When crisis hits it puts unexpected pressures on infrastructure. In some cases the state or its civil society is resilient and can cope but where the physical, societal or administrative fabric is already fragile then issues are compounded and recovery becomes harder. And then there’s the impact of war.
The world has developed coping mechanisms for dealing with this. Government aid and development budgets kick in, international organisations mobilise and individual donors dig deep to help meet needs. And lots of time, money and thought continually goes into making sure that the quality of those coping mechanisms gets better. But the scale of the need can be overwhelming.
Digital can be a huge enabler and a powerful tool in helping to support those responses. Today is the Techfugees conference. That’s a great response to a crisis that has reached the tipping point in the public consciousness. It’s brilliant that the conversations don’t end today but will be followed by efforts to deal with problems: the Techfugees hack day tomorrow, Ich Bin Hihr in Berlin on Saturday and maybe also Code for the Kingdom in London over the weekend. People are getting together to unify around solving identified needs rather than fragmenting into delivering well meaning, but not yet validated, ideas.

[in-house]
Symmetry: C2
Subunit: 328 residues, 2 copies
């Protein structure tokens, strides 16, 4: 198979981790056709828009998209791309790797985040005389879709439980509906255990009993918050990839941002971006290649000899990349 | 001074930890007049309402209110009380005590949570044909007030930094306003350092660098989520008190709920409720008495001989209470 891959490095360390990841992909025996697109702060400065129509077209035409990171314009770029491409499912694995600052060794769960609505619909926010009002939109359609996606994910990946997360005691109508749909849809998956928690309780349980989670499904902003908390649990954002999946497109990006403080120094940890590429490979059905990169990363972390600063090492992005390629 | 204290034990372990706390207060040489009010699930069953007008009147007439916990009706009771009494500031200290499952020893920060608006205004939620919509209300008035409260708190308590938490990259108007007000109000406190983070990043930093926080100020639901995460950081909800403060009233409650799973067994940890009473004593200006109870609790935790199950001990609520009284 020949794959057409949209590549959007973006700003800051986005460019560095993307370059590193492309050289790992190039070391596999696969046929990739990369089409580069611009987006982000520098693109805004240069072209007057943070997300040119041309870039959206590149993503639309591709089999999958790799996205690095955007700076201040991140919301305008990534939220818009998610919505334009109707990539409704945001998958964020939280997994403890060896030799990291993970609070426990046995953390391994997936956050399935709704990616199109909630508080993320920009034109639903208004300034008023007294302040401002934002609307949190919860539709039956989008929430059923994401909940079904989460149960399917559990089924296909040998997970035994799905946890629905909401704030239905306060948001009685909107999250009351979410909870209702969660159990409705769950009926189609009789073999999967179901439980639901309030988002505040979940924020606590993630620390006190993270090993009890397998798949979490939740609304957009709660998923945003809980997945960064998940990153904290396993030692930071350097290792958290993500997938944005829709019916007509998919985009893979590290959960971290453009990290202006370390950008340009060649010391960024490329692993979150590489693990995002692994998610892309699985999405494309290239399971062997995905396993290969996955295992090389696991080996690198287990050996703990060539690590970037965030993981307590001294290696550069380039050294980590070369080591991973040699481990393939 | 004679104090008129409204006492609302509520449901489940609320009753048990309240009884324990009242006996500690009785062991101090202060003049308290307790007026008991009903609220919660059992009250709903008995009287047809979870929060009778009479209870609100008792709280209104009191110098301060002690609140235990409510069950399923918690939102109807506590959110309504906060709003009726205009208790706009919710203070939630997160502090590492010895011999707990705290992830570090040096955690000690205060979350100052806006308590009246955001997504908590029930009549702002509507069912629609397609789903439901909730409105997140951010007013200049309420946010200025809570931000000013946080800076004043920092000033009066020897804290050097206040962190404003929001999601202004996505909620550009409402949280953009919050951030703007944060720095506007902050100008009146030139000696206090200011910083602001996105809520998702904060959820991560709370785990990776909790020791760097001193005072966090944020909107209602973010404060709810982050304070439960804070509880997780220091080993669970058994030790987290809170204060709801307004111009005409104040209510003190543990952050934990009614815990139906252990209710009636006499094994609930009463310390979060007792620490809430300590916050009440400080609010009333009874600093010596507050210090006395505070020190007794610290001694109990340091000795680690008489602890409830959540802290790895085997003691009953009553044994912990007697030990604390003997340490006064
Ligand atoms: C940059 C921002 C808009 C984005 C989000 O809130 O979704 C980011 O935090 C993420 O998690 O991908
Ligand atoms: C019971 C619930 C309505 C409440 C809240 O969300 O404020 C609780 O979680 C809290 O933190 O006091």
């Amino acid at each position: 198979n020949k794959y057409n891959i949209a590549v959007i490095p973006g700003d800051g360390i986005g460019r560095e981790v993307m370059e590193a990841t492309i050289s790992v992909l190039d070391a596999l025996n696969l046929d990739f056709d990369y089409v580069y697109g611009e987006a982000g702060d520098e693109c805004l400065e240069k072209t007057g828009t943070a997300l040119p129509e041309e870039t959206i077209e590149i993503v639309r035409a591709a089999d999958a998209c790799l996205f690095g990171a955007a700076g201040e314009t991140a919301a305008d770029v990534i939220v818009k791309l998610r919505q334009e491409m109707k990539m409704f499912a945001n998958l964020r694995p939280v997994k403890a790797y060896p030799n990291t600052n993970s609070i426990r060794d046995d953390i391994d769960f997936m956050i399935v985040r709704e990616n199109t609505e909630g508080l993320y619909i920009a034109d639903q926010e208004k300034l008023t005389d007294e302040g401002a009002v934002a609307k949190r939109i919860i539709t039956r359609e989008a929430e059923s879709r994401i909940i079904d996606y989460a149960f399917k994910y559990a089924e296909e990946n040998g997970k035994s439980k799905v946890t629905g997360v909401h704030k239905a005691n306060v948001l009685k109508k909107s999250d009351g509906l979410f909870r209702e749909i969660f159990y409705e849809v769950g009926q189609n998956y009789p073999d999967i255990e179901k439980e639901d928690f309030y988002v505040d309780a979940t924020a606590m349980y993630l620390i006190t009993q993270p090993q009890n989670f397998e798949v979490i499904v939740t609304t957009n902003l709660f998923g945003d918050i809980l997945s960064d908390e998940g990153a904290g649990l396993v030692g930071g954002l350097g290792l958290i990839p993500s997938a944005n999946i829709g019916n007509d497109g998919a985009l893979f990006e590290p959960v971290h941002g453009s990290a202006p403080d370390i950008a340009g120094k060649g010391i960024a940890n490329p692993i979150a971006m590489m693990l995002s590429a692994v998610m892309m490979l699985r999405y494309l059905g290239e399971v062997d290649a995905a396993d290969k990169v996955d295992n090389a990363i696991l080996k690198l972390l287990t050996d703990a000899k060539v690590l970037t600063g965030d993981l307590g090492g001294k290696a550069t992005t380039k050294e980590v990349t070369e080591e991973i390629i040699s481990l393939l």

Continue reading Fragile states and digital foundations
I started this post at the start of April, returned to it with the demise of Flip but finally finished it after Andrew Beeken shared his own thoughts yesterday.
April saw the demise of Flip. Despite being the leading camcorder brand in the US, parent company Cisco judged the marketplace to be unsustainable in the face of the competition posed by our mobile phones.
Given that they paid $590m for the technology two years ago it’s a bold move. Equally, their quitting from a position at the top is shrewd because of the inevitable future of hand-held video recording.
I really like my Flip camera and when the product was first introduced it disrupted the market but I expect to get similar functionality from my next mobile phone without having to carry something else in my pocket. Whilst convergence is not good for the 550 employees at Flip, the rest of us benefit – we get one thing where once we might have had to use more.
It’s that sort of approach which lies behind Martha Lane Fox’s vision for a single government domain and over the last three months it has been brought to life by 11 people somewhere in London. There had been glimpses of what they were working on and The Telegraph had featured a couple of screenshots as well as some interviews but this week we were able to get our grubby mitts on this “proof of concept prototype“.
Continue reading Alpha(Local)Gov